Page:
Where are all the local agents on this one?! :-)
First of all, kudos to you for not being scared away by all the short sale naysayers out there. Buyers and I completed many short sales last year, a couple of them with FHA financing even. It involves more work and a lot of vigilance, but it is indeed possible. Second, be leery of blanket statements. Some banks are more challenging to deal with than others, but there is still a real human being on the other end -- an asset manager or loss mitigation specialist -- who may be capable of end-running corporate idiocy. Especially if yours was the only offer, or if your offer was substantially better than the runner up, you may be able to get a concession of some kind. Third, as with most things, it never hurts to ask. It doesn't really matter whether it is a credit to closing costs or a price reduction, a 3% price reduction or a 3% credit affects the net proceeds to the bank the same. I have been involved in short sales that had price reductions AND credits to closing costs... in the same deal. If you have an inspection contingency, keep in mind your objections can be not just about the physical aspects of the home, but the environment (crime, noise, congestion, etc), the permit history (most homes in Berkeley/Oakland and environs have unpermitted work), the insurability (fuses vs. breakers, galvanized plumbing vs. copper, etc.), or even the preliminary title report (which would reveal utility or other easements that may be objectionable). As long as you have not removed your "inspection" contingency (technically the "Buyer Investigation" contingency), you can get out of the contract for virtually any reason. Not that you want to get out.... but if you can't get what you need in concessions to feel comfortable with the purchase, you won't have to prove why you want out if you decide that you do.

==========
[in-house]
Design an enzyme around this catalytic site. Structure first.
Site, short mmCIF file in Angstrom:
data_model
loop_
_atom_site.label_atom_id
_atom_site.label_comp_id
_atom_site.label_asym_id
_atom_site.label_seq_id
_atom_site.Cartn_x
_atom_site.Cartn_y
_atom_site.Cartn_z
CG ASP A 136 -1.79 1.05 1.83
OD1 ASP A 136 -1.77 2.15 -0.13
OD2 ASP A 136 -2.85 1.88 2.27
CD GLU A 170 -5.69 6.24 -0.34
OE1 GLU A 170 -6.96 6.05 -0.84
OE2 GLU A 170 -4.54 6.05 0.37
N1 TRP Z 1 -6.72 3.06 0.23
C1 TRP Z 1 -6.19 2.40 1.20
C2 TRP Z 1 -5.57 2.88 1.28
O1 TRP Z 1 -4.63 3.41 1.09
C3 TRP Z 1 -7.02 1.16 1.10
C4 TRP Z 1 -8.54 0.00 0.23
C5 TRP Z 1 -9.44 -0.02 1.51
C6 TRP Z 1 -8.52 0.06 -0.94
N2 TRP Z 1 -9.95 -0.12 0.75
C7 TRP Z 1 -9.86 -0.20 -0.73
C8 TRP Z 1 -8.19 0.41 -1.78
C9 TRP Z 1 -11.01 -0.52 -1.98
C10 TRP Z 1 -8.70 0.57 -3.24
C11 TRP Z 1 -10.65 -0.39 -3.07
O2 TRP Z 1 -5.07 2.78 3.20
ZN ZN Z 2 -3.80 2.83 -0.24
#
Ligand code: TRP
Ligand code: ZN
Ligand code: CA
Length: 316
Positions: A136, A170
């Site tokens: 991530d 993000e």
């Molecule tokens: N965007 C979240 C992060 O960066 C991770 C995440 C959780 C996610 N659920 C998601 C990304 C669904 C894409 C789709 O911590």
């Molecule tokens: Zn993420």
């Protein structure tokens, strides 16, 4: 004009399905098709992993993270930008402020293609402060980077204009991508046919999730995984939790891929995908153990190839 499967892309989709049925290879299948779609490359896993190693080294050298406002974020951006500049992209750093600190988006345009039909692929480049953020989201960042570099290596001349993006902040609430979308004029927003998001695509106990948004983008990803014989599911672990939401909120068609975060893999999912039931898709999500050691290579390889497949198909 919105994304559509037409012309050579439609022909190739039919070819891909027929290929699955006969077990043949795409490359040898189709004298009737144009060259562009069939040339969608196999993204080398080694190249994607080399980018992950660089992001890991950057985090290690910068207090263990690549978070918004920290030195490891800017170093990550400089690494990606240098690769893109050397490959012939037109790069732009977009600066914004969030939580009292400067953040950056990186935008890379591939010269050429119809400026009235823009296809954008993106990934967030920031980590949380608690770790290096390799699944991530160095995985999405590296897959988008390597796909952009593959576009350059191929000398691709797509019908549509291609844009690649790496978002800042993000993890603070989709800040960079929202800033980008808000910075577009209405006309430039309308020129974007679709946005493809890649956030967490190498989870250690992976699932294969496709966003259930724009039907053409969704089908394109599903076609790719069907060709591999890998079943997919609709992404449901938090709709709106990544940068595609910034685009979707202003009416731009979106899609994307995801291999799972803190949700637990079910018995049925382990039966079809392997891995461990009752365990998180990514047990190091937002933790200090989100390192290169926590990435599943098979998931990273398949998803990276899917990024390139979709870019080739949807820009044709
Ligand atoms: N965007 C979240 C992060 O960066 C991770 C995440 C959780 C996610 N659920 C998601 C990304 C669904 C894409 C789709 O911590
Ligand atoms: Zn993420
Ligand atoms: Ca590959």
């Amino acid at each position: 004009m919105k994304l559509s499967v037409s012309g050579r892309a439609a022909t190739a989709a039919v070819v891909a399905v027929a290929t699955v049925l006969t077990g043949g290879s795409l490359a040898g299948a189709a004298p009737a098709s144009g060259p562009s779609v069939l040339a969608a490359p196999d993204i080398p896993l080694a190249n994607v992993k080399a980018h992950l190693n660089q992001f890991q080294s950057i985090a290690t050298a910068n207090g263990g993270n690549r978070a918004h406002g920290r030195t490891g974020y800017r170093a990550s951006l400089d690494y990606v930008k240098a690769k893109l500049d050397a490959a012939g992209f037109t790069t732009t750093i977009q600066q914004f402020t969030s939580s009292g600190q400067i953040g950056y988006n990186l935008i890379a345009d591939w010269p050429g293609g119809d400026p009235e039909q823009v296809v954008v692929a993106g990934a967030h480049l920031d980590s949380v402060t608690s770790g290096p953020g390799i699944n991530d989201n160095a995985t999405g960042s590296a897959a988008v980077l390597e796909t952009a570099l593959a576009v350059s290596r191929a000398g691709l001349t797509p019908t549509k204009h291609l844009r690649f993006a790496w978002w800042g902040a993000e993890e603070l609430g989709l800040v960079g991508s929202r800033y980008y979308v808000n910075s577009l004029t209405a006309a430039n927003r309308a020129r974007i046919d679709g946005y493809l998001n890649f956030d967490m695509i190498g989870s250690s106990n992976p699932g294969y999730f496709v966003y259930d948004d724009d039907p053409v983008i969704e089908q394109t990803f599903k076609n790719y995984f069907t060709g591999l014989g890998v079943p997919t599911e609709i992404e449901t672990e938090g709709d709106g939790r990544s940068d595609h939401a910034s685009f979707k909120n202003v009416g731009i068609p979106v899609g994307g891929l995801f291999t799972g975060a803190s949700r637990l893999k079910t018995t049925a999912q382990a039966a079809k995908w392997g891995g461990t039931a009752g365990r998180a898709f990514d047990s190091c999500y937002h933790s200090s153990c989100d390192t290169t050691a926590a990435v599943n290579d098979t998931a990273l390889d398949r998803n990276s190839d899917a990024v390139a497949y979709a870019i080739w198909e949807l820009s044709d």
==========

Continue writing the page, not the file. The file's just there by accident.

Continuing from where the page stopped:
Having said all of that, keep in mind that it is often difficult to get into a home in Berkeley, and the grass isn't always greener on the next property.
Again, kudos to you. It takes spine, tolerance for ambiguity, and perseverance to get as far as you have. You should be proud of yourself.
Best of luck,
Red Oak Realty